My idea of eating fruits and nuts sparingly just didn’t happen. The first breakfast was bacon and eggs with toast fried in the bacon grease (O My Gawd!) along with lattes avec steamed milk. The second day we had cherry chocolate pancakes. Every meal was a feast. Friday night we had a Tequila Tasting. A Finnish couple camping with us introduced us to the national drink of Finland (vodka and licorice candy). The Bees gifted all burners with honey sticks and squirts in the mouth from those plastic honey bears.

One night was cold, and the Vitamin Bee warmed us up. My Queen Bee Costume was too warm for most days, but that night it was welcome.

The night of the burn we donned our best Bee costumes and set out with our entire camp aboard. People hopped on as we crossed the playa to get a good spot. The music got us all dancing. I was moved to gasps and giggles and screams.

The hive was jumping! In my perch atop the VW Bee bug, I was The Queen!

The Man burned. I shed tears of awe and delight. I wept openly for the first time since my parents died: no holding back, screaming and crying all the way. My fellow Bees wanted to party the night away, but by midnight I was exhausted, and walked home by myself, stopping often to watch amazing flaming things, never feeling the least bit afraid of the dark or my wonderful magical mad fellow burners. It was a night of dreams. I was changed, completely.

The next morning before dawn, I set out for the Temple of Stars. I got there when the shadows were still long, and listened to Tibetan Bowl Bells. I walked up on the platform, and read many memorials. I chose where to put my parents’ pictures. I took a lot more photographs. I stayed there quite a while. Then I fixed my mom and dad’s images to the Temple, and walked away.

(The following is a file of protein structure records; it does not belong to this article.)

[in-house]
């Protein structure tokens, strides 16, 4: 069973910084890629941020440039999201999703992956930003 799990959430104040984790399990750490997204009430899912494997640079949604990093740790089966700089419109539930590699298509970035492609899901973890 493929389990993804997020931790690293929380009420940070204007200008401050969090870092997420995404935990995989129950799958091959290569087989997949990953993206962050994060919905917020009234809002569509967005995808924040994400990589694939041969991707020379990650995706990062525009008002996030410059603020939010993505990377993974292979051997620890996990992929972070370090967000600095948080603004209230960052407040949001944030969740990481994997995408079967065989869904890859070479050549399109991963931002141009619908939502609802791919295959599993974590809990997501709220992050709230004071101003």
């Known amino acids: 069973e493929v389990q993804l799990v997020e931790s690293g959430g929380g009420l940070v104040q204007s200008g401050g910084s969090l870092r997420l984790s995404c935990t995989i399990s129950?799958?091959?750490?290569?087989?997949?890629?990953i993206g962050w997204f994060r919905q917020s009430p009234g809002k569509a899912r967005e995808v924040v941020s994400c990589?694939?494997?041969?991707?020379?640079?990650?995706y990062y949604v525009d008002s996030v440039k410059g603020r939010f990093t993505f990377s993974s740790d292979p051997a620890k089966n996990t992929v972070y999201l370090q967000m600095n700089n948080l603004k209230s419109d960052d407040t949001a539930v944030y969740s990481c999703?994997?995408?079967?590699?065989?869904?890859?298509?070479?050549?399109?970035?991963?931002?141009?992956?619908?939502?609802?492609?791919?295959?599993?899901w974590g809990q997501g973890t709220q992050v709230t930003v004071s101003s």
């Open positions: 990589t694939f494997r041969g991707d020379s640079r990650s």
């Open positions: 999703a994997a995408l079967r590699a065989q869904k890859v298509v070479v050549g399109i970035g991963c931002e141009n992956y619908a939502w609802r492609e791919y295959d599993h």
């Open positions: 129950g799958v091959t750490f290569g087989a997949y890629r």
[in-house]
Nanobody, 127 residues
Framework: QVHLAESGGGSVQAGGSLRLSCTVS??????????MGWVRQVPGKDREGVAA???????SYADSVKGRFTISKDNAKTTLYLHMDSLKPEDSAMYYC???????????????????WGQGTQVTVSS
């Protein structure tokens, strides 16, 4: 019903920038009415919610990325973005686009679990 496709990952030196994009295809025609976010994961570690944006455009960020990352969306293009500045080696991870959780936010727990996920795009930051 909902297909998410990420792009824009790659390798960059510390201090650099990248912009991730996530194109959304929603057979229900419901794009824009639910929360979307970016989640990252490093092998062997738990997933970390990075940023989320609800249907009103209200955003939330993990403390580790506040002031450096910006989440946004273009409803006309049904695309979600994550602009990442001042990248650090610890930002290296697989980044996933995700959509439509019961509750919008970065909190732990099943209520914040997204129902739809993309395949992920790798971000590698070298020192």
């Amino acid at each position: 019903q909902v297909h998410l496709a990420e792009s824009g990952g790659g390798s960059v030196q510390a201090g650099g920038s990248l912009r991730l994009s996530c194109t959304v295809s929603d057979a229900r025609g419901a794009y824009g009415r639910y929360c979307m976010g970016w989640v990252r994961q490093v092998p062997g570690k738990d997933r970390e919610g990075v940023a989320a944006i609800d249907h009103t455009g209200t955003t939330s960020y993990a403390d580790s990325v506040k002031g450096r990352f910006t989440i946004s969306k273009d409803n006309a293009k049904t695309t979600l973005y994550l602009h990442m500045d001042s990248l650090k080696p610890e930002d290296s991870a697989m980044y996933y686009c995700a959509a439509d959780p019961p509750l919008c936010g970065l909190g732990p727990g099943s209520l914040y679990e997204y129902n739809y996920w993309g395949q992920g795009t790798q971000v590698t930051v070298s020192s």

Then I stood on the spot where the Man had burned the night before, and watched two children pick up still warm remnants of twisted metal.

And then I walked back to camp, and we tore the camp down. We couldn’t stay for the Temple burn. People had to get back to work. We arrived in San Francisco at 2 AM. I can still smell the playa dust at odd times. I will be back.

Thanks to my Bee team: Lucky, Luzita, Ralph, Cork, and Meaux.

Phoebe McAfee (Phoebeeeeee)

The Secret Society of Love, Art and Fire

After seven long hours in the RV, Greg, his girlfriend Pia, my boyfriend Steve, and I pass through the town of Gerlach, and we see before us the vast lake bed known as the playa. In the distance is the sparkling reflection of what looks like a small city. It grows in size at our approach, becoming a colorful sea of tents and structures. Vehicles are lined up for over a mile waiting to go in. We have finally made it to our destination, Black Rock City.

“Welcome home,” says a woman as she takes our ticket at the gate. She is wearing a blue and silver sarong with silver vines painted on her bare chest. On her head sits a dusty pink cowboy hat and around her neck hung an equally dusty pair of ski goggles painted with red flames. We smile and wave and make our way into the festival.